"Because of her behavior," he admitted. The lines near his mouth deepened. "Cindy became a different person sometime after her mother's death, just over a year ago. At first I thought her reaction was normal. At least I wanted to believe it. To convince myself, I rationalized that even small children grieve. But " He frowned and rubbed the back of his neck. "But I'm afraid it's more than simple grief. She seems to be getting worse instead of better. She's regressed to the point that sometimes I need help reaching her." Looking past the cresting waves he sighed wearily. "As I said, I visited the school, but the receptionist told me that Oceancrest wasn't accepting any more children and I'd have to put her on a waiting list."
"That's what I understand," Stacey admitted, frowning a little as she studied the child. "You have to realize that I don't make those decisions—I'm just a teacher."
"Not just a teacher," Nathan interrupted. "The best specialist in this part of the country. You've worked with the Edwards Clinic in Boston and did research for Florida State University before you moved here two years ago. From everything I've read, you're the best child psychologist in the Pacific Northwest."
"I don't know about that," Stacey said, blushing as she laughed quietly and shook her head. "I'd like to know where you got your information. It sounds like you've been talking to my aunt."
"It's the truth," he said bluntly.
Stacey held up her hand in protest. "Look, I'm flattered, but I don't think I deserve all the accolades. In fact, I'm sure I don't!"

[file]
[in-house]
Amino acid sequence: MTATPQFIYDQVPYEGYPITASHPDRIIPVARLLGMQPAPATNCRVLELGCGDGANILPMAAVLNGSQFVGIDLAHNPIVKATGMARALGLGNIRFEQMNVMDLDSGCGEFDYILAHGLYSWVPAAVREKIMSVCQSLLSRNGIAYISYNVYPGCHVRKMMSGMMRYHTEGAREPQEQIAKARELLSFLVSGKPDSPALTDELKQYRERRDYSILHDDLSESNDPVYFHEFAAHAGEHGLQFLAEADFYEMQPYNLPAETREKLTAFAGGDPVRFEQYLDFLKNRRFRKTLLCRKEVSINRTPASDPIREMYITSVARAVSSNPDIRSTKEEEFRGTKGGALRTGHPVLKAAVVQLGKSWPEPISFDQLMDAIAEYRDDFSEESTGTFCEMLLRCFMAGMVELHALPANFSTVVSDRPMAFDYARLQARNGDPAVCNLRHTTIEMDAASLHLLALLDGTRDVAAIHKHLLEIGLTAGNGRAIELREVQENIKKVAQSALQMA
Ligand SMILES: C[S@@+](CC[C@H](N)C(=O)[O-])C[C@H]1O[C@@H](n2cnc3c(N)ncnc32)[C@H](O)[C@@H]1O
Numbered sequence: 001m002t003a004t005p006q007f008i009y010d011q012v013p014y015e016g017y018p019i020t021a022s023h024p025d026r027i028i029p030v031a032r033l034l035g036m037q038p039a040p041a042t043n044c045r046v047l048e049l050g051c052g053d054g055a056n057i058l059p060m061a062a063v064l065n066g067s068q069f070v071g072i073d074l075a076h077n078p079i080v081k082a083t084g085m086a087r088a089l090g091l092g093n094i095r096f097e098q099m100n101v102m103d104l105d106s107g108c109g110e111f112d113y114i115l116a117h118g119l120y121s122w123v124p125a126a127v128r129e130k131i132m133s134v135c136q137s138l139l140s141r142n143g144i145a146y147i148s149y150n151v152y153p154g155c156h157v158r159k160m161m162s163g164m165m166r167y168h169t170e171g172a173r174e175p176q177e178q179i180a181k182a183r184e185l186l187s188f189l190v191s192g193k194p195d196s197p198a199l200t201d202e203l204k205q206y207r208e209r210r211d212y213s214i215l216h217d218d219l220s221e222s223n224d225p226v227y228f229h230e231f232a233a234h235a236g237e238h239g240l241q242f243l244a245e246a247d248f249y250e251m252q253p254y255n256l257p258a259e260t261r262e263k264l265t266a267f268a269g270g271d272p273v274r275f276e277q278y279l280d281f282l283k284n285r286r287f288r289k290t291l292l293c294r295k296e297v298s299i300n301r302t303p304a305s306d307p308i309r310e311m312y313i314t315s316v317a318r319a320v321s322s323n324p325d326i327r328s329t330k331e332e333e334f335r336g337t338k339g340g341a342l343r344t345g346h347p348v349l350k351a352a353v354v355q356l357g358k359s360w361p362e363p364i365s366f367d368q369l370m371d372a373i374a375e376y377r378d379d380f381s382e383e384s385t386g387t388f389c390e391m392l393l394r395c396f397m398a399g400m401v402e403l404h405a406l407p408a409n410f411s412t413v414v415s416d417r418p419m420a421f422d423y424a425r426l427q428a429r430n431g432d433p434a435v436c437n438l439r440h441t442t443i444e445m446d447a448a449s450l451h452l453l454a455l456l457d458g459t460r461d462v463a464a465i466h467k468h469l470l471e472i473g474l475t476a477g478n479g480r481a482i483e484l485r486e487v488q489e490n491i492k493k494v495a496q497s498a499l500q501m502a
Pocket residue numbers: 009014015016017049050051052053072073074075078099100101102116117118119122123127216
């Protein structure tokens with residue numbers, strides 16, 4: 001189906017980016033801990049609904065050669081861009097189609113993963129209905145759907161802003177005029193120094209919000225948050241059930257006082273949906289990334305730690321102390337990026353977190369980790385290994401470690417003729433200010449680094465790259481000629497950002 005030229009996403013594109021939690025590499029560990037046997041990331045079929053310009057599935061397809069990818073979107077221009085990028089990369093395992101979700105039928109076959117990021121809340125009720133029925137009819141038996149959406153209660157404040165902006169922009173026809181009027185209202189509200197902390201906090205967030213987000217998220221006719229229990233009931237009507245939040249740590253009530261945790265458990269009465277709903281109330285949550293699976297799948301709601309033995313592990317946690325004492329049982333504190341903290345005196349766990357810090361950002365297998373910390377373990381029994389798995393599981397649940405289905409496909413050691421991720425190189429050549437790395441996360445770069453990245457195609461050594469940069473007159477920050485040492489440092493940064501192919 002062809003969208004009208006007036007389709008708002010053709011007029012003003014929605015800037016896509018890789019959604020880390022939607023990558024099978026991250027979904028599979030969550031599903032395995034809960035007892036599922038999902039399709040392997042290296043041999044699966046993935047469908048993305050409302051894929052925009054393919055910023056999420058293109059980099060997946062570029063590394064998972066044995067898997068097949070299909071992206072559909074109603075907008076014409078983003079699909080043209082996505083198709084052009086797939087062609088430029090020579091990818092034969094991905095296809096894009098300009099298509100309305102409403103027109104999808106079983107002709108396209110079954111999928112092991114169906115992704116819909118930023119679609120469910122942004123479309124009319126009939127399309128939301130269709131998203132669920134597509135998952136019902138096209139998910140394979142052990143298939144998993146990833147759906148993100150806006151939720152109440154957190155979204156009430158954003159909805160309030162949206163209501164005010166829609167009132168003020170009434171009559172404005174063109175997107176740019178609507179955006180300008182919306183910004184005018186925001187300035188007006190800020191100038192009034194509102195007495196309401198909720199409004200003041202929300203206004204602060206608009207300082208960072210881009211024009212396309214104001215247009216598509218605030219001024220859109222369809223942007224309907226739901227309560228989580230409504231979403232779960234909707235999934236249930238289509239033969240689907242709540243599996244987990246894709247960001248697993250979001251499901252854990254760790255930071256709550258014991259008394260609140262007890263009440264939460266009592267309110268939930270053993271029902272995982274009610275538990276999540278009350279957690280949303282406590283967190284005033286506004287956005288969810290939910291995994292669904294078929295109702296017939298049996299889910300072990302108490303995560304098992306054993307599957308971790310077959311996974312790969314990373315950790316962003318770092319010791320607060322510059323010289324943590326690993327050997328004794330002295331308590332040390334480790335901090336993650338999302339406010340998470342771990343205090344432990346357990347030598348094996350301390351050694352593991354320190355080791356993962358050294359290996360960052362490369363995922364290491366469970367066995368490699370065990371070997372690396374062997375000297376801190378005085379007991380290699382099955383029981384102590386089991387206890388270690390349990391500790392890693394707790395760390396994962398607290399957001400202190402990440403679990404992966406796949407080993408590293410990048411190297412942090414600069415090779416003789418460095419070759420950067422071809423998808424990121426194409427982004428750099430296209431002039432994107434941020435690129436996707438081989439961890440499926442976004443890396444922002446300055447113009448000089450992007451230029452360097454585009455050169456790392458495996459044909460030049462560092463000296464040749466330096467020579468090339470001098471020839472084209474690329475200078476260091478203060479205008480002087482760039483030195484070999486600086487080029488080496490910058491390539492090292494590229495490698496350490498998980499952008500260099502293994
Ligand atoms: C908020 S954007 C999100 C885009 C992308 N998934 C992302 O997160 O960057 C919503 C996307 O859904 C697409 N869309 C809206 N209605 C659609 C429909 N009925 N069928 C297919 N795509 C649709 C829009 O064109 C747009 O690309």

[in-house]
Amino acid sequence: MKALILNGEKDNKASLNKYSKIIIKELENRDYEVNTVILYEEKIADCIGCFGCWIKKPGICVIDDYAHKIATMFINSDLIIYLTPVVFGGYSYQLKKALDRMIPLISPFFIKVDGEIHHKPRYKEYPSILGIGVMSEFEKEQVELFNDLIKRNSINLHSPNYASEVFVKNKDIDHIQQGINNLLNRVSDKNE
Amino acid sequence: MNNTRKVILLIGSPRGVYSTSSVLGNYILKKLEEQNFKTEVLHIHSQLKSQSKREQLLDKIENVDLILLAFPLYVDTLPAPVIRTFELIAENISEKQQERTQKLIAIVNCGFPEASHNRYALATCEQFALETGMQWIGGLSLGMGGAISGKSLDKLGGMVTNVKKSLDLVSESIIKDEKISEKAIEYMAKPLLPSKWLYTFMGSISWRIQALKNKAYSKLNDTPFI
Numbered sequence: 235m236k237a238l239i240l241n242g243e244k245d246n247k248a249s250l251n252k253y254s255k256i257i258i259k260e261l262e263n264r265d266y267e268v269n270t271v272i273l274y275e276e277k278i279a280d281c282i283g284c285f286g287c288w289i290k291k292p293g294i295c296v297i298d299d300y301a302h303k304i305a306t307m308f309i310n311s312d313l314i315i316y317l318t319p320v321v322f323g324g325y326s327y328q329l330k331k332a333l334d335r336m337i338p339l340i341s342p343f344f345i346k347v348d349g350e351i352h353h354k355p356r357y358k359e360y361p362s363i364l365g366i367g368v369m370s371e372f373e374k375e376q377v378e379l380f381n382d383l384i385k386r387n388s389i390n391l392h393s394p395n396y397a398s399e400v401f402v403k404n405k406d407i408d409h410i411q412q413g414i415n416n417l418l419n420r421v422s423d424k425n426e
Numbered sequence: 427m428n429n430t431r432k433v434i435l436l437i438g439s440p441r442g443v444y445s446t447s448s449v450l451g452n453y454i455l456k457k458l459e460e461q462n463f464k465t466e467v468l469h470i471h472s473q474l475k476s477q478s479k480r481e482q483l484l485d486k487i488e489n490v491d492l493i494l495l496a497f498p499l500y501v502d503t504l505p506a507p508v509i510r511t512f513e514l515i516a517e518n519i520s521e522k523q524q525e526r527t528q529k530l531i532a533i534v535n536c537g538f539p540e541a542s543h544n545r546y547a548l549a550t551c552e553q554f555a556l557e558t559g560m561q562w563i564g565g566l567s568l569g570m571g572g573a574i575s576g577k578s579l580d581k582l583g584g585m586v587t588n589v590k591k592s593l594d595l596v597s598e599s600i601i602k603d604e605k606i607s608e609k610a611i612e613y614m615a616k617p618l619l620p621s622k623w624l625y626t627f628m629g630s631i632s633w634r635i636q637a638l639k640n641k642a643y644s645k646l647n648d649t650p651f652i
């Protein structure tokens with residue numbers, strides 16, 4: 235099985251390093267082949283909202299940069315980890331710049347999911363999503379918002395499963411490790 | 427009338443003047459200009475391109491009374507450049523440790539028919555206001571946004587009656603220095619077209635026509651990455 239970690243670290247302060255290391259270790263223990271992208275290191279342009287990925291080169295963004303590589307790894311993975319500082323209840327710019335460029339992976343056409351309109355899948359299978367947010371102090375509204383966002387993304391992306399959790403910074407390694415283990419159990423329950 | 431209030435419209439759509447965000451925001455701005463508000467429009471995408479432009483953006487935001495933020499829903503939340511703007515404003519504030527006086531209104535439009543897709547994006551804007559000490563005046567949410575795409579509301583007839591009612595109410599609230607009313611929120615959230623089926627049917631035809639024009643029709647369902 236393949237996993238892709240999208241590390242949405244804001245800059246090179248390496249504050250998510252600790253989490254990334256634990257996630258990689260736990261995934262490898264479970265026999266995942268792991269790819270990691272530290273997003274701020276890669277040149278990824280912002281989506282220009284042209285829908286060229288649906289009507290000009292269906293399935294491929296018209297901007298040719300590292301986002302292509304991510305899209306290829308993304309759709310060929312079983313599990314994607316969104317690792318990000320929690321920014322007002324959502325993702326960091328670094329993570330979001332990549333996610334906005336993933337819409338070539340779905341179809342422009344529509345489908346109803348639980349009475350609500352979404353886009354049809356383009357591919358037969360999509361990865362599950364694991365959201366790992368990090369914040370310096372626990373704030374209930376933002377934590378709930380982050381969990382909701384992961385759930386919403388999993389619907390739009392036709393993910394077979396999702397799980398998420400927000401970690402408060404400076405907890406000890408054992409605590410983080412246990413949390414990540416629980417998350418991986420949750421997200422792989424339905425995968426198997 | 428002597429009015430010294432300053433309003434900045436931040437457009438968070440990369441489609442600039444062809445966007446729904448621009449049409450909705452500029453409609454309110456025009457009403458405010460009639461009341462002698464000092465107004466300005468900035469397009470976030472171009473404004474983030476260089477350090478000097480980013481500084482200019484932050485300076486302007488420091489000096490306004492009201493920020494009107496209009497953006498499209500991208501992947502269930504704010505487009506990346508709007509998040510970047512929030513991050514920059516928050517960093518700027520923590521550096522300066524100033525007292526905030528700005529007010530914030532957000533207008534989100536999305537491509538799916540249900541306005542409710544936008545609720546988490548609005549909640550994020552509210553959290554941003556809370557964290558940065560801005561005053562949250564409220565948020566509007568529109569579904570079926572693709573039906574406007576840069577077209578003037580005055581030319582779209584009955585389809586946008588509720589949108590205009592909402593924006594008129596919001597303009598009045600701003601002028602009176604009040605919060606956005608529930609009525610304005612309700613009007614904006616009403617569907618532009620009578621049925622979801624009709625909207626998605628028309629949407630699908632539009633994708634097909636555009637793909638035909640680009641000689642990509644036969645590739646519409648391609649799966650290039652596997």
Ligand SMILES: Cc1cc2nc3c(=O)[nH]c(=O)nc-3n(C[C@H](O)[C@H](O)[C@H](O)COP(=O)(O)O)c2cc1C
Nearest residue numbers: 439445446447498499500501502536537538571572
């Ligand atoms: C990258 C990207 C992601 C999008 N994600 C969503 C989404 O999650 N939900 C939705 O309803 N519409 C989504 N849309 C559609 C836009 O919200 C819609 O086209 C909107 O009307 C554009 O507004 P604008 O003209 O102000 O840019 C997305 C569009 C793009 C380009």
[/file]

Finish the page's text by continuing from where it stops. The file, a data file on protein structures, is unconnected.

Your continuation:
"Don't sell yourself short."
"Never," she said, laughing.
"I didn't talk to your aunt. You've earned your reputation."
She blushed a little under his compliment and the intensity of his erotic eyes. "Look, I'm just a teacher." "And a damned good one."
Stacey avoided his gaze and studied Cindy as the cherubic-looking child returned to play near her father. Staying within Nathan's reach, Cindy examined a broken shell.
"Some people would disagree with your opinion," Stacey thought aloud, her heart wrenching painfully when she remembered Daniel Brown. How dearly she had loved that little boy . Clearing her throat and ignoring Nathan's scrutinizing gaze, Stacey pushed aside the anguish and scandal of the past. "We only have one class for preschoolers." Stacey tilted her head upward to meet Nathan's bold stare.
"And you're the teacher."
Nathan gestured in frustration before making a sound of disgust. His muscles flexed with the strain of trusting a woman he barely knew, a woman with beautiful sun-streaked hair and intelligent hazel eyes that seemed to flicker between green and gold. "Look, I don't like asking for anyone's help," he admitted. "And I'm not crazy about having to plead my case to a woman I don't even know, but, in all honesty, I'm at the end of my rope."
"And you don't like it."
His eyes glinted with a savagery born of desperation. "I like to be in control, Miss Monroe. I don't like the feeling that I have to depend upon anyone but myself."
Stacey glanced at Cindy before returning her gaze to Nathan's rugged face. Behind the thick dark brows, deep-set blue eyes and angular features was a very proud man. Her spine prickled when she looked into his eyes, and she imagined for a moment that he was lying to her, guarding a secret.
"I'm only asking that you work with Cindy for her sake," he pressed. "She needs you." He shifted his gaze to his daughter. "Cindy, would you like to go to Miss Monroe's school?"
The child ignored him.
Again, no response. If anything, Cindy was more remote than ever, to the point that she blocked out her father. "Cindy, did you hear me—"
Posted April 23, 2011
No text was provided for this review.